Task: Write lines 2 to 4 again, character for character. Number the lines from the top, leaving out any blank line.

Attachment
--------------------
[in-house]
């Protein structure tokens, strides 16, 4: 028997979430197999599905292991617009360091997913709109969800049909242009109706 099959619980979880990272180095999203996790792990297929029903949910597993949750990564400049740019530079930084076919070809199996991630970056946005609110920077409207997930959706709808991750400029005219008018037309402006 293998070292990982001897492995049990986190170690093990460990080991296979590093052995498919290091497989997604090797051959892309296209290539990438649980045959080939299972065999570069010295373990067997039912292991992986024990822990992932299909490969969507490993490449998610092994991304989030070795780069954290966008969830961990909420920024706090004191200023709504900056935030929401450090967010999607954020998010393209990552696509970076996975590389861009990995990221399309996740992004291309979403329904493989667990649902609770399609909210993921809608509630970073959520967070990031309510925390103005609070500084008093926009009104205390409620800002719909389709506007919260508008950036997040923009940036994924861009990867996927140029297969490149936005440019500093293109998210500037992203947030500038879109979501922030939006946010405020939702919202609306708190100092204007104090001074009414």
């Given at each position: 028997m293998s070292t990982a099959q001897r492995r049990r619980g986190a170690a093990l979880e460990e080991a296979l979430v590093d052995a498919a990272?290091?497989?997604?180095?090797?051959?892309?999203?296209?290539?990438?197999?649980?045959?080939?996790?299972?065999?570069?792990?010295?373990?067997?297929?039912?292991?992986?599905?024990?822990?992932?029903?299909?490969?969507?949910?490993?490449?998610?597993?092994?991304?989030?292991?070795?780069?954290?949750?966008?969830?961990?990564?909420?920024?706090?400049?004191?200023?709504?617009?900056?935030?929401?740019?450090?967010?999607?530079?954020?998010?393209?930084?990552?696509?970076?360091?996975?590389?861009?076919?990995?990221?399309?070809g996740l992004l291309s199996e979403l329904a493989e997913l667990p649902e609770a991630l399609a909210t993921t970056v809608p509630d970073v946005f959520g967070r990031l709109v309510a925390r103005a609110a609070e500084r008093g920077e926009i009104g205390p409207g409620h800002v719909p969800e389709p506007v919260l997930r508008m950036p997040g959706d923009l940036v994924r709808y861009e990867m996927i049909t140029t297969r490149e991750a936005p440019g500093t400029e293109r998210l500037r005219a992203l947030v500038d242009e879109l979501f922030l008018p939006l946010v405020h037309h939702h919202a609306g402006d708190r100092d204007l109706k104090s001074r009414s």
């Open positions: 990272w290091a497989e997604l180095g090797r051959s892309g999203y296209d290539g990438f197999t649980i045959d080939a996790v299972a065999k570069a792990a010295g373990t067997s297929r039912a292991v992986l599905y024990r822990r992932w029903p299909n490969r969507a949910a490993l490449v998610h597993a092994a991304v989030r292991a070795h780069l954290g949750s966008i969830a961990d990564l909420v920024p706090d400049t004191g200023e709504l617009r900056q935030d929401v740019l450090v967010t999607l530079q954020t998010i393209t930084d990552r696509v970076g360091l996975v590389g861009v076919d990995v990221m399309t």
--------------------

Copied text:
């Protein structure tokens, strides 16, 4: 028997979430197999599905292991617009360091997913709109969800049909242009109706 099959619980979880990272180095999203996790792990297929029903949910597993949750990564400049740019530079930084076919070809199996991630970056946005609110920077409207997930959706709808991750400029005219008018037309402006 293998070292990982001897492995049990986190170690093990460990080991296979590093052995498919290091497989997604090797051959892309296209290539990438649980045959080939299972065999570069010295373990067997039912292991992986024990822990992932299909490969969507490993490449998610092994991304989030070795780069954290966008969830961990909420920024706090004191200023709504900056935030929401450090967010999607954020998010393209990552696509970076996975590389861009990995990221399309996740992004291309979403329904493989667990649902609770399609909210993921809608509630970073959520967070990031309510925390103005609070500084008093926009009104205390409620800002719909389709506007919260508008950036997040923009940036994924861009990867996927140029297969490149936005440019500093293109998210500037992203947030500038879109979501922030939006946010405020939702919202609306708190100092204007104090001074009414």
């Given at each position: 028997m293998s070292t990982a099959q001897r492995r049990r619980g986190a170690a093990l979880e460990e080991a296979l979430v590093d052995a498919a990272?290091?497989?997604?180095?090797?051959?892309?999203?296209?290539?990438?197999?649980?045959?080939?996790?299972?065999?570069?792990?010295?373990?067997?297929?039912?292991?992986?599905?024990?822990?992932?029903?299909?490969?969507?949910?490993?490449?998610?597993?092994?991304?989030?292991?070795?780069?954290?949750?966008?969830?961990?990564?909420?920024?706090?400049?004191?200023?709504?617009?900056?935030?929401?740019?450090?967010?999607?530079?954020?998010?393209?930084?990552?696509?970076?360091?996975?590389?861009?076919?990995?990221?399309?070809g996740l992004l291309s199996e979403l329904a493989e997913l667990p649902e609770a991630l399609a909210t993921t970056v809608p509630d970073v946005f959520g967070r990031l709109v309510a925390r103005a609110a609070e500084r008093g920077e926009i009104g205390p409207g409620h800002v719909p969800e389709p506007v919260l997930r508008m950036p997040g959706d923009l940036v994924r709808y861009e990867m996927i049909t140029t297969r490149e991750a936005p440019g500093t400029e293109r998210l500037r005219a992203l947030v500038d242009e879109l979501f922030l008018p939006l946010v405020h037309h939702h919202a609306g402006d708190r100092d204007l109706k104090s001074r009414s």
């Open positions: 990272w290091a497989e997604l180095g090797r051959s892309g999203y296209d290539g990438f197999t649980i045959d080939a996790v299972a065999k570069a792990a010295g373990t067997s297929r039912a292991v992986l599905y024990r822990r992932w029903p299909n490969r969507a949910a490993l490449v998610h597993a092994a991304v989030r292991a070795h780069l954290g949750s966008i969830a961990d990564l909420v920024p706090d400049t004191g200023e709504l617009r900056q935030d929401v740019l450090v967010t999607l530079q954020t998010i393209t930084d990552r696509v970076g360091l996975v590389g861009v076919d990995v990221m399309t």